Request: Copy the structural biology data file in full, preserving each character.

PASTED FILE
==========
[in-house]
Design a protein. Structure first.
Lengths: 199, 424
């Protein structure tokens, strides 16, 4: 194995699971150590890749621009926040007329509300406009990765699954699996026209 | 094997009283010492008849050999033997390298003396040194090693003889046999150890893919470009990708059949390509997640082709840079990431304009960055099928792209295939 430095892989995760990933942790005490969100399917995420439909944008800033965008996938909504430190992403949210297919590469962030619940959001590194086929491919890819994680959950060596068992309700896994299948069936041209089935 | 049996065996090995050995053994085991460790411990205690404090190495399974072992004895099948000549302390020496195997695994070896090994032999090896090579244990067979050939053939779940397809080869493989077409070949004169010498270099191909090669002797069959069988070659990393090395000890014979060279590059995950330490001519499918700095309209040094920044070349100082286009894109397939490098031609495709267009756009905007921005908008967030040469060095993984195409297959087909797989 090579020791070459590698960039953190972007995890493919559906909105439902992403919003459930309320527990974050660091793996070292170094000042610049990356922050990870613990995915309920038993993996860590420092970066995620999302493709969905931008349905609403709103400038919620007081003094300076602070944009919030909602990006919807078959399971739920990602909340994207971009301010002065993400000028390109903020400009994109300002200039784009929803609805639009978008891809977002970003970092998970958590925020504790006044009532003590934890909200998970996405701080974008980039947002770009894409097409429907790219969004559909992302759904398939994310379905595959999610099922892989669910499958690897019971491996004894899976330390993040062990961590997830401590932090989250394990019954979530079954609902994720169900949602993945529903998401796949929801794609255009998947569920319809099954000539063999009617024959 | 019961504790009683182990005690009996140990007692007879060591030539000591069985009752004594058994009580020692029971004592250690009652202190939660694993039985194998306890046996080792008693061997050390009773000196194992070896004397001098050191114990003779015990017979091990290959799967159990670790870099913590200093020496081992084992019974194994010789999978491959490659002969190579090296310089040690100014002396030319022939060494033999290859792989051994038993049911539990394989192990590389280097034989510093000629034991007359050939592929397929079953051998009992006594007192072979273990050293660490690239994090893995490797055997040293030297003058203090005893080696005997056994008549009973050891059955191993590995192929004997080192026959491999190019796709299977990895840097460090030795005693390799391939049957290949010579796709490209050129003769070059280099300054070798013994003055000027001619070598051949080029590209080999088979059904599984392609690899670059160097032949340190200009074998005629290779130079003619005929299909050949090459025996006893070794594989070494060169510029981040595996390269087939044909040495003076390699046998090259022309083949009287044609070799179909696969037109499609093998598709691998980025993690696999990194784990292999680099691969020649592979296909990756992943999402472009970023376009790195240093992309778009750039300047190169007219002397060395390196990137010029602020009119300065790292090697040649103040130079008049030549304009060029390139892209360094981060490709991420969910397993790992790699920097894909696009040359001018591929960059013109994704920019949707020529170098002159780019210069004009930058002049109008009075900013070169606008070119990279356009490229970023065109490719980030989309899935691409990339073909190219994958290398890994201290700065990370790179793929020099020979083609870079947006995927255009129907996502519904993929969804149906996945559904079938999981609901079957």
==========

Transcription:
[in-house]
Design a protein. Structure first.
Lengths: 199, 424
């Protein structure tokens, strides 16, 4: 194995699971150590890749621009926040007329509300406009990765699954699996026209 | 094997009283010492008849050999033997390298003396040194090693003889046999150890893919470009990708059949390509997640082709840079990431304009960055099928792209295939 430095892989995760990933942790005490969100399917995420439909944008800033965008996938909504430190992403949210297919590469962030619940959001590194086929491919890819994680959950060596068992309700896994299948069936041209089935 | 049996065996090995050995053994085991460790411990205690404090190495399974072992004895099948000549302390020496195997695994070896090994032999090896090579244990067979050939053939779940397809080869493989077409070949004169010498270099191909090669002797069959069988070659990393090395000890014979060279590059995950330490001519499918700095309209040094920044070349100082286009894109397939490098031609495709267009756009905007921005908008967030040469060095993984195409297959087909797989 090579020791070459590698960039953190972007995890493919559906909105439902992403919003459930309320527990974050660091793996070292170094000042610049990356922050990870613990995915309920038993993996860590420092970066995620999302493709969905931008349905609403709103400038919620007081003094300076602070944009919030909602990006919807078959399971739920990602909340994207971009301010002065993400000028390109903020400009994109300002200039784009929803609805639009978008891809977002970003970092998970958590925020504790006044009532003590934890909200998970996405701080974008980039947002770009894409097409429907790219969004559909992302759904398939994310379905595959999610099922892989669910499958690897019971491996004894899976330390993040062990961590997830401590932090989250394990019954979530079954609902994720169900949602993945529903998401796949929801794609255009998947569920319809099954000539063999009617024959 | 019961504790009683182990005690009996140990007692007879060591030539000591069985009752004594058994009580020692029971004592250690009652202190939660694993039985194998306890046996080792008693061997050390009773000196194992070896004397001098050191114990003779015990017979091990290959799967159990670790870099913590200093020496081992084992019974194994010789999978491959490659002969190579090296310089040690100014002396030319022939060494033999290859792989051994038993049911539990394989192990590389280097034989510093000629034991007359050939592929397929079953051998009992006594007192072979273990050293660490690239994090893995490797055997040293030297003058203090005893080696005997056994008549009973050891059955191993590995192929004997080192026959491999190019796709299977990895840097460090030795005693390799391939049957290949010579796709490209050129003769070059280099300054070798013994003055000027001619070598051949080029590209080999088979059904599984392609690899670059160097032949340190200009074998005629290779130079003619005929299909050949090459025996006893070794594989070494060169510029981040595996390269087939044909040495003076390699046998090259022309083949009287044609070799179909696969037109499609093998598709691998980025993690696999990194784990292999680099691969020649592979296909990756992943999402472009970023376009790195240093992309778009750039300047190169007219002397060395390196990137010029602020009119300065790292090697040649103040130079008049030549304009060029390139892209360094981060490709991420969910397993790992790699920097894909696009040359001018591929960059013109994704920019949707020529170098002159780019210069004009930058002049109008009075900013070169606008070119990279356009490229970023065109490719980030989309899935691409990339073909190219994958290398890994201290700065990370790179793929020099020979083609870079947006995927255009129907996502519904993929969804149906996945559904079938999981609901079957």